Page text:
Pieces of 8: Why College Football Playoff Would Be a Bad Idea

Alex FergusonSenior Analyst IIMarch 30, 2017

GLENDALE, AZ - JANUARY 10:  Quarterback Cameron Newton #2 of the Auburn Tigers celebrates the Tigers 22-19 victory with the fans after defeating the Oregon Ducks in the Tostitos BCS National Championship Game at University of Phoenix Stadium on January 10, 2011 in Glendale, Arizona.  (Photo by Jonathan Ferrey/Getty Images)
Jonathan Ferrey/Getty Images

We read the news about the Fiesta Bowl guys and frustration started to well up.

We read the news about the Department of Justice investigating possible anti-trust issues with the BCS and I felt my face reddening.

We 401 Fantasy BCS Playoff Proposals and we threw my laptop through the window, jumped out of the window, beat the crap out of the guy who picked up the laptop thinking it was Christmas as a MacBook came out of nowhere, and screamed to heaven.

"If Jesus is going to come down, please remove all this College Football Playoff crap and get on with it," we screamed to the heavens at about 11 p.m. 

Look, we know that the BCS system is absolutely crooked. We know that the system screws the small schools at the end of the season and doesn't reward the likes of TCU for a truly unbeaten season with the chance to prove they can compete with the big boys.

We know that the likes of Auburn are still fuming about 2004 and not getting the chance to prove that their unbeaten season should mean something. We know that there have been some joke decisions in allowing teams to get into National Championship Games and Conference Championship Games—with Oklahoma—who got into the Big XII Championship Game in 2008 ahead of Texas despite losing to the Longhorns 45-35 on accounts of being ranked higher—being one of the biggest ones.

But you know what? If the play-off system does get through, it might do more damage than good.

Here are some reasons: 

1) Teams who don't have a prayer to their Conference Championship game will rest their best players for the next season, meaning the consistent fielding of weakened teams. Or the best players who might go and play in the NFL will suddenly become sick or hurt for fear of injuring themselves prior to the NFL Draft.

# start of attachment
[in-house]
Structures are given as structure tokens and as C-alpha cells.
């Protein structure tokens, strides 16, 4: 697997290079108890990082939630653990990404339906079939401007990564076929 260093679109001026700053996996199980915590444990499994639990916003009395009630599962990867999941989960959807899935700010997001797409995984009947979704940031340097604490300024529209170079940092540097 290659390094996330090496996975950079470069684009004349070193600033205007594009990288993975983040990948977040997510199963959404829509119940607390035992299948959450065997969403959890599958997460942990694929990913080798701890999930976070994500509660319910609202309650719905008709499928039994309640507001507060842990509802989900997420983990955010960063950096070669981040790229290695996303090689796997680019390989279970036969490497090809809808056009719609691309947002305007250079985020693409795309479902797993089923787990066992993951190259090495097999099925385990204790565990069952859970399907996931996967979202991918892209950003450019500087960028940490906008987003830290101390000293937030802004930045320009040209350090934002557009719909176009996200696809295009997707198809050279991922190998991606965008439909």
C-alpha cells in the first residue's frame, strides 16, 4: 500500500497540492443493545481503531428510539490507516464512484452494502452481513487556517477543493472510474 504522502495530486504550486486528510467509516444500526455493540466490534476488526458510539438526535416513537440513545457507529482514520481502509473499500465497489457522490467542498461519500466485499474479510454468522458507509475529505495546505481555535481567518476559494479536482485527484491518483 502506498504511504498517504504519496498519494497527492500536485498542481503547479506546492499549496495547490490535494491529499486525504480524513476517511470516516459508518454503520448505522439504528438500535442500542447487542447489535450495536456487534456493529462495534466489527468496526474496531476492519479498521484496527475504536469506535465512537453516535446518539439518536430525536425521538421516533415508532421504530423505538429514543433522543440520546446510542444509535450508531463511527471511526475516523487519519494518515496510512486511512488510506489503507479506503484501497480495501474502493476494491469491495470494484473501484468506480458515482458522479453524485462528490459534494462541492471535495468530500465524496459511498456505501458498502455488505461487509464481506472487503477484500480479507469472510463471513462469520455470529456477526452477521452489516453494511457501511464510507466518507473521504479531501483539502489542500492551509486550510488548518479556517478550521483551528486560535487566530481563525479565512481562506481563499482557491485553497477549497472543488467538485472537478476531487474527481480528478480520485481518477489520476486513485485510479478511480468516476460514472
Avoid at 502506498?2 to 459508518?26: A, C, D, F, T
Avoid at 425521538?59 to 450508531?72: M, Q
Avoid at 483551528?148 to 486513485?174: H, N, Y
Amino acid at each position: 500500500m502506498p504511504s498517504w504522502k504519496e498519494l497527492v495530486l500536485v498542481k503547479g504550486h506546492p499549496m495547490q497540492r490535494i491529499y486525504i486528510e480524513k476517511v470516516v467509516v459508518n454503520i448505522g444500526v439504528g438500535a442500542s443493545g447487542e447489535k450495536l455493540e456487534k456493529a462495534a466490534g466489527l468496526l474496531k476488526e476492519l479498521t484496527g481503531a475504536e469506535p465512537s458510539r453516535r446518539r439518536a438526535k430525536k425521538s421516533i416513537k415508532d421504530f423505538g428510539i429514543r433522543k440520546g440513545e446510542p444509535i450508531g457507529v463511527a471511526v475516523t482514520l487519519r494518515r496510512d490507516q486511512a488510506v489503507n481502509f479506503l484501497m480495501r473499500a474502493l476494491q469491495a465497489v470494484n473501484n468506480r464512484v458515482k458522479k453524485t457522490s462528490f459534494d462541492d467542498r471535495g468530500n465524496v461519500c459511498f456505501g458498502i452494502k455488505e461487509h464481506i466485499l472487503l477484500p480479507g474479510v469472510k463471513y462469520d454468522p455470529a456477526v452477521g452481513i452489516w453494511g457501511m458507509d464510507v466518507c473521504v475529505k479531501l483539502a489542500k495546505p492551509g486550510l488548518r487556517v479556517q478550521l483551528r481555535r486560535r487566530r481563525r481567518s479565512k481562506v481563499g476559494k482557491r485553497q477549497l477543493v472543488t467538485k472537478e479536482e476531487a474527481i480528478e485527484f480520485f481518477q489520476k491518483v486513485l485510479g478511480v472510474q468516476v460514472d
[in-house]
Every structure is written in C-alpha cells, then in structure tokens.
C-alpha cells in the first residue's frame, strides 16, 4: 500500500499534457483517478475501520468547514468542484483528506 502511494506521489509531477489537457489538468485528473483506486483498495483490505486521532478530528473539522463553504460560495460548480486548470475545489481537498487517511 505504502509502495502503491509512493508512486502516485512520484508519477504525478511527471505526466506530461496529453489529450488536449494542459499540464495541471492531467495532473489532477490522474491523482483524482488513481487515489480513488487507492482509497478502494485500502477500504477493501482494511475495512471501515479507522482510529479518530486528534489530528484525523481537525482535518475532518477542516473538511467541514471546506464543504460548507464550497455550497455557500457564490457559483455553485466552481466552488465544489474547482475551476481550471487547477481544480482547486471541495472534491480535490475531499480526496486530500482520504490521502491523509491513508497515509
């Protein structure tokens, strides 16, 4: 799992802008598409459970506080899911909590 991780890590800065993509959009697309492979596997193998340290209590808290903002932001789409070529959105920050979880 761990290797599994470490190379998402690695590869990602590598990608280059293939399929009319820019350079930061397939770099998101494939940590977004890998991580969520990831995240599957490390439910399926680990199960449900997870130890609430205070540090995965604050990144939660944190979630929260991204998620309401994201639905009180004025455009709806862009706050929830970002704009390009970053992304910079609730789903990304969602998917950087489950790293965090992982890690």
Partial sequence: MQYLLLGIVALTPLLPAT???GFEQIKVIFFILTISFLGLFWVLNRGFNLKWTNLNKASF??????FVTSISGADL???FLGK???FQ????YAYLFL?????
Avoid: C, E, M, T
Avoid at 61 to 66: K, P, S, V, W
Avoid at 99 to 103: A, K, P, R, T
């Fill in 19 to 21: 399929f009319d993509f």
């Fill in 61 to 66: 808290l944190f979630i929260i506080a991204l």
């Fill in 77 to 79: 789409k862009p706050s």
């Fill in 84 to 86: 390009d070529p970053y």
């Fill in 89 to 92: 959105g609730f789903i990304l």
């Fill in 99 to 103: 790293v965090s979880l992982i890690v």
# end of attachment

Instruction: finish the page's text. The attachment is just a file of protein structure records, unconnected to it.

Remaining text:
2) College Football teams other than the 'Big 8' will lose out of millions of dollars of bowl money. The influx of two college football teams into an area boosts that area's economy. And that can only be a good thing bearing in mind we're in one hell of a recession. In my opinion, I'd love to see bowls in Tuscaloosa and Georgia to bring money into areas that have suffered from the horrific tornadoes. And a major one in Detroit would be cool, too!

3) Recruiting for 'non play-off' schools will fall to the floor. Schools who formerly thought they had a chance competing on the recruiting trail would find it even, even harder. That would make college football even LESS of an even playing field than it is now. Would Washington State even have any players wanting to play there? I think not!

4) A lack of playoff appearance would make sure that those coaches even in the 'hot seat' would find the prospect of a pink slip even worse. In a playoff world, good guys like Mark Richt would probably lose their job. Joe Paterno would have lost his in the 2000s! It would be worse than the English Premier League, where coaches who's names aren't Sir Alex Ferguson (no relation!) or Arsene Wenger really worry about whether they are going to be IN a job every season.

5) Crowds for the mid-sized schools would inevitably suffer, as people flocked to watch playoff schools. That would mean that bigger schools would make more money. The big schools would then argue—even more than they do now—for an even bigger piece of the pie for conference revenue.

6) While there probably would be a 13-game schedule, the increasing amount of fun non-conference matchups that you are beginning to see thanks to the Sagarin rankings will completely fade away. Oh, and the whole "Every Saturday Means Something" thing that we college football fans love? That would be out of the window, too, as playoff guaranteed teams would start playing less hard, since unbeaten records would then matter nil.

7) You can be guaranteed that EVERYONE will be then be bitching about who gets in, plus if there would be a play-in game, and what would happen to teams with the same record. The whole thing would be end up causing years more of shenanigans.

8) Barack Obama will find something else to investigate—maybe even the NCAA's practices of investigating. He might have an opinion on whether college football should pay players. He might start making YouTube campaigns and send out armies of supporters for his 2018 NCAA Commissioner Run. That would make everyone forget about the millions of dollars the Department of Justice is wasting investigating the BCS when that money should go into investigating the big Wall St banks.

What do you think?